upheld an Arizona law that allowed that state’s Congressional districts to be draw by an independent commission – instead of the state Legislature.
The 5-4 decision has major implications in California, which has its own independent commission for drawing up Congressional boundaries.
State voters approved a ballot measure four years ago to take that job away from the state Legislature to discourage gerrymandering. The hope was that districts would be drawn more fairly to encourage more competitive races. States are required to redraw maps for Congressional and legislative districts once a decade, based on new Census data. California’s commission has 14 members, and nine “yeah votes” are required for to approve a new map.
Supporters say the latest maps in California and Arizona are a major improvement over previous maps. But Republican lawmakers in Arizona challenged that state’s law. Their argument rested on the Election Cause in the Constitution, which gives legislatures broad and exclusive powers over balloting.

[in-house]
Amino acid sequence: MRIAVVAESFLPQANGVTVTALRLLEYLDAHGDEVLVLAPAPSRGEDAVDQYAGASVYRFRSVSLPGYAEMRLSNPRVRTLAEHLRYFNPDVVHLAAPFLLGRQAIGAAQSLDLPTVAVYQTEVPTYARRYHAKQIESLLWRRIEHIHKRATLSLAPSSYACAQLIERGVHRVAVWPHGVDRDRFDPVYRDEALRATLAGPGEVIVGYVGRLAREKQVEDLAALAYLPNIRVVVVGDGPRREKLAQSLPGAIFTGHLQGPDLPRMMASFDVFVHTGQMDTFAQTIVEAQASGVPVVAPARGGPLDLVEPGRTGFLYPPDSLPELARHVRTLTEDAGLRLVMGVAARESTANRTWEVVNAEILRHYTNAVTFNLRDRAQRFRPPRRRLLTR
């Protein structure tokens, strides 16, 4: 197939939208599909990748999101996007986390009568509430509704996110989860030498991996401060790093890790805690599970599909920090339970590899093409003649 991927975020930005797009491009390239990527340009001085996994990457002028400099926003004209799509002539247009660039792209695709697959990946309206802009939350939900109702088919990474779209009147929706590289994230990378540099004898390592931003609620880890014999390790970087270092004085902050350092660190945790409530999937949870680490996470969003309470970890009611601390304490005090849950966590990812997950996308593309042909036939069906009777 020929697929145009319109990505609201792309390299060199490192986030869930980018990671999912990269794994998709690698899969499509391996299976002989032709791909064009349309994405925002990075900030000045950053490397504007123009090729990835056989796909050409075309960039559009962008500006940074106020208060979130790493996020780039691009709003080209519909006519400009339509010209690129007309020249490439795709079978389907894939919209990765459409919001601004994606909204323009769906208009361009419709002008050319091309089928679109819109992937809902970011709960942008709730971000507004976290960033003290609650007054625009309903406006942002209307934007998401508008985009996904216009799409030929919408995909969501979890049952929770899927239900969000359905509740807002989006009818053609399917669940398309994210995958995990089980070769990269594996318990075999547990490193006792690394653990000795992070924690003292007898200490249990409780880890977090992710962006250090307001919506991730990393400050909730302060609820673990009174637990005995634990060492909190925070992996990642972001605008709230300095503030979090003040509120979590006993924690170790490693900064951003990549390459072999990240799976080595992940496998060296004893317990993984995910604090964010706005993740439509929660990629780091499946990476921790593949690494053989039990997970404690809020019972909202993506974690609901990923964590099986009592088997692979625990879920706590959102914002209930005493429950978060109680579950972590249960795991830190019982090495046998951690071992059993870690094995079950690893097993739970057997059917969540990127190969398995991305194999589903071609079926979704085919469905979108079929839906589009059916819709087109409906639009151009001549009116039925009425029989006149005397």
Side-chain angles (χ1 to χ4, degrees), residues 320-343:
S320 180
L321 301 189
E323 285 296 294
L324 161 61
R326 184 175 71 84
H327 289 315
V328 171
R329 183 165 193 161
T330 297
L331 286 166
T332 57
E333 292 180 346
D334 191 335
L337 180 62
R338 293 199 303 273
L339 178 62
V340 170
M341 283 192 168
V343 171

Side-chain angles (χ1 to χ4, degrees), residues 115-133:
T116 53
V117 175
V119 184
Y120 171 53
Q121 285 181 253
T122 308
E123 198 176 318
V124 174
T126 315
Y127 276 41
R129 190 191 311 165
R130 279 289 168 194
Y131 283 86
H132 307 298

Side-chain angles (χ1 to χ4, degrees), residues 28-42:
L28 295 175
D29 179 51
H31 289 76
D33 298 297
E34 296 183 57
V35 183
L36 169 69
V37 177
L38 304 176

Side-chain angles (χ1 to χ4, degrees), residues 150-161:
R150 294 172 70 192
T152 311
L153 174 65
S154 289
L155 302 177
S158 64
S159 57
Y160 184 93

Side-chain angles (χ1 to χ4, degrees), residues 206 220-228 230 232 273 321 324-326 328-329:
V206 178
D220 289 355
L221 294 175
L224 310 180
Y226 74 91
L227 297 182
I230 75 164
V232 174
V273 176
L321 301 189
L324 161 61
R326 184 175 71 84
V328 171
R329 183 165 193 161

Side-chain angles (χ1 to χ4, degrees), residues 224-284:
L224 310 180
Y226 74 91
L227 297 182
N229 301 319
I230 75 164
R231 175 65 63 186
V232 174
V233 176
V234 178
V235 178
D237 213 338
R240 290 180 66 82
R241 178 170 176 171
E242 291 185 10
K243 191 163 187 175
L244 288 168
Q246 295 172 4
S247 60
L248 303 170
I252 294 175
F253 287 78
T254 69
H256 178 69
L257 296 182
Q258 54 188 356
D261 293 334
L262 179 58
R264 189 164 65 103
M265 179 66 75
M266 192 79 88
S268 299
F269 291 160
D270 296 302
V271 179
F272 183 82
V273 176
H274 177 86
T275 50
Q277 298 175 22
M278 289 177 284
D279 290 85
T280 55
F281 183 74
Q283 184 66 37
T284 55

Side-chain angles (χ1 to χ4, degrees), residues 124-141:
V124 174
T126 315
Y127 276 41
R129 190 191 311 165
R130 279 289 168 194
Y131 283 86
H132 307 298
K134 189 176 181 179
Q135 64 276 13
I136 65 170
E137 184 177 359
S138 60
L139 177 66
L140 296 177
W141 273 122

The majority opinion, written by Justice Ruth Bader Ginsburg – concludes that there is no constitutional impediment to independent panels drawing Congressional boundaries. The dissent was written by Chief Justice John Roberts, who called the decision “a deliberate constitutional evasion,” with no precedent in Congress or the courts.
Next year, the Supreme Court will hear another case that could upend California’s Congressional districts. It will decide whether state and local voting districts should be based on total population, or eligible voters. If the court’s answer is eligible voters, it could diminish the political power of Latinos in some California districts.